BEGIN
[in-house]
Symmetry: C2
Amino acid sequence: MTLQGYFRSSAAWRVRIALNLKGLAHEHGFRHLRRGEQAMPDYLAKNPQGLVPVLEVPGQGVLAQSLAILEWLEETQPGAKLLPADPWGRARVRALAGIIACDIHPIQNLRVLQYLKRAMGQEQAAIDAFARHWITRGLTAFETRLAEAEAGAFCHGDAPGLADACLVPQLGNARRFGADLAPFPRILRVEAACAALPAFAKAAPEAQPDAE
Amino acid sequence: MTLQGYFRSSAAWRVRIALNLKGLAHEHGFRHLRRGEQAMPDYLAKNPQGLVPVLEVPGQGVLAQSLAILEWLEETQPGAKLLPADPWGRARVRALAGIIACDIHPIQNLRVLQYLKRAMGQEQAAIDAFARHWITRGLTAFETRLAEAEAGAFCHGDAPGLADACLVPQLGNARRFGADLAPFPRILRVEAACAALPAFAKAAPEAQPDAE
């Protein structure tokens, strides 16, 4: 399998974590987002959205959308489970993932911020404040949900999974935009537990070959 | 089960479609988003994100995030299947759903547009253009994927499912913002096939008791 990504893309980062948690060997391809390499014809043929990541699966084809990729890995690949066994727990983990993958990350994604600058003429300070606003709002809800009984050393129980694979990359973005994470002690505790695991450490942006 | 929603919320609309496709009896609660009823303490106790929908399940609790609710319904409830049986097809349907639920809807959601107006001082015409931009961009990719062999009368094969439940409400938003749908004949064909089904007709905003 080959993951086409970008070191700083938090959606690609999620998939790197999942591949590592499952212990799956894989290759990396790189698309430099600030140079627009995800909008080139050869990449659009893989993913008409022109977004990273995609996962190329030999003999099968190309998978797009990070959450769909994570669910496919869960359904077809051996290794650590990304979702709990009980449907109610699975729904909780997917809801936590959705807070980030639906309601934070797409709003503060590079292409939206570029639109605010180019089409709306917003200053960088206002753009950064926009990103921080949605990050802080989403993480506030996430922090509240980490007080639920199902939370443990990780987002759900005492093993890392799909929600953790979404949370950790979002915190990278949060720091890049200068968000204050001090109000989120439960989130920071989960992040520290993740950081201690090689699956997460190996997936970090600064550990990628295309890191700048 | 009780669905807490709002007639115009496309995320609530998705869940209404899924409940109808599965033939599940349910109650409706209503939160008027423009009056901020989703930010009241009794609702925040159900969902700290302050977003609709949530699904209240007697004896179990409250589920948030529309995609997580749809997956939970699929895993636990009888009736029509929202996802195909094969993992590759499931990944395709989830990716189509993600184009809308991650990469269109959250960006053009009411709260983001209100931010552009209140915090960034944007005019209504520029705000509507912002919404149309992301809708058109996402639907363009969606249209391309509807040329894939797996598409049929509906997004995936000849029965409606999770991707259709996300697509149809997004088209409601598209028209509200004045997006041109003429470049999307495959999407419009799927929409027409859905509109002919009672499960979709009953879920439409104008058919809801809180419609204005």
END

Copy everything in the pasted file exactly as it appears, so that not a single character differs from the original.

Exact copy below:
[in-house]
Symmetry: C2
Amino acid sequence: MTLQGYFRSSAAWRVRIALNLKGLAHEHGFRHLRRGEQAMPDYLAKNPQGLVPVLEVPGQGVLAQSLAILEWLEETQPGAKLLPADPWGRARVRALAGIIACDIHPIQNLRVLQYLKRAMGQEQAAIDAFARHWITRGLTAFETRLAEAEAGAFCHGDAPGLADACLVPQLGNARRFGADLAPFPRILRVEAACAALPAFAKAAPEAQPDAE
Amino acid sequence: MTLQGYFRSSAAWRVRIALNLKGLAHEHGFRHLRRGEQAMPDYLAKNPQGLVPVLEVPGQGVLAQSLAILEWLEETQPGAKLLPADPWGRARVRALAGIIACDIHPIQNLRVLQYLKRAMGQEQAAIDAFARHWITRGLTAFETRLAEAEAGAFCHGDAPGLADACLVPQLGNARRFGADLAPFPRILRVEAACAALPAFAKAAPEAQPDAE
């Protein structure tokens, strides 16, 4: 399998974590987002959205959308489970993932911020404040949900999974935009537990070959 | 089960479609988003994100995030299947759903547009253009994927499912913002096939008791 990504893309980062948690060997391809390499014809043929990541699966084809990729890995690949066994727990983990993958990350994604600058003429300070606003709002809800009984050393129980694979990359973005994470002690505790695991450490942006 | 929603919320609309496709009896609660009823303490106790929908399940609790609710319904409830049986097809349907639920809807959601107006001082015409931009961009990719062999009368094969439940409400938003749908004949064909089904007709905003 080959993951086409970008070191700083938090959606690609999620998939790197999942591949590592499952212990799956894989290759990396790189698309430099600030140079627009995800909008080139050869990449659009893989993913008409022109977004990273995609996962190329030999003999099968190309998978797009990070959450769909994570669910496919869960359904077809051996290794650590990304979702709990009980449907109610699975729904909780997917809801936590959705807070980030639906309601934070797409709003503060590079292409939206570029639109605010180019089409709306917003200053960088206002753009950064926009990103921080949605990050802080989403993480506030996430922090509240980490007080639920199902939370443990990780987002759900005492093993890392799909929600953790979404949370950790979002915190990278949060720091890049200068968000204050001090109000989120439960989130920071989960992040520290993740950081201690090689699956997460190996997936970090600064550990990628295309890191700048 | 009780669905807490709002007639115009496309995320609530998705869940209404899924409940109808599965033939599940349910109650409706209503939160008027423009009056901020989703930010009241009794609702925040159900969902700290302050977003609709949530699904209240007697004896179990409250589920948030529309995609997580749809997956939970699929895993636990009888009736029509929202996802195909094969993992590759499931990944395709989830990716189509993600184009809308991650990469269109959250960006053009009411709260983001209100931010552009209140915090960034944007005019209504520029705000509507912002919404149309992301809708058109996402639907363009969606249209391309509807040329894939797996598409049929509906997004995936000849029965409606999770991707259709996300697509149809997004088209409601598209028209509200004045997006041109003429470049999307495959999407419009799927929409027409859905509109002919009672499960979709009953879920439409104008058919809801809180419609204005």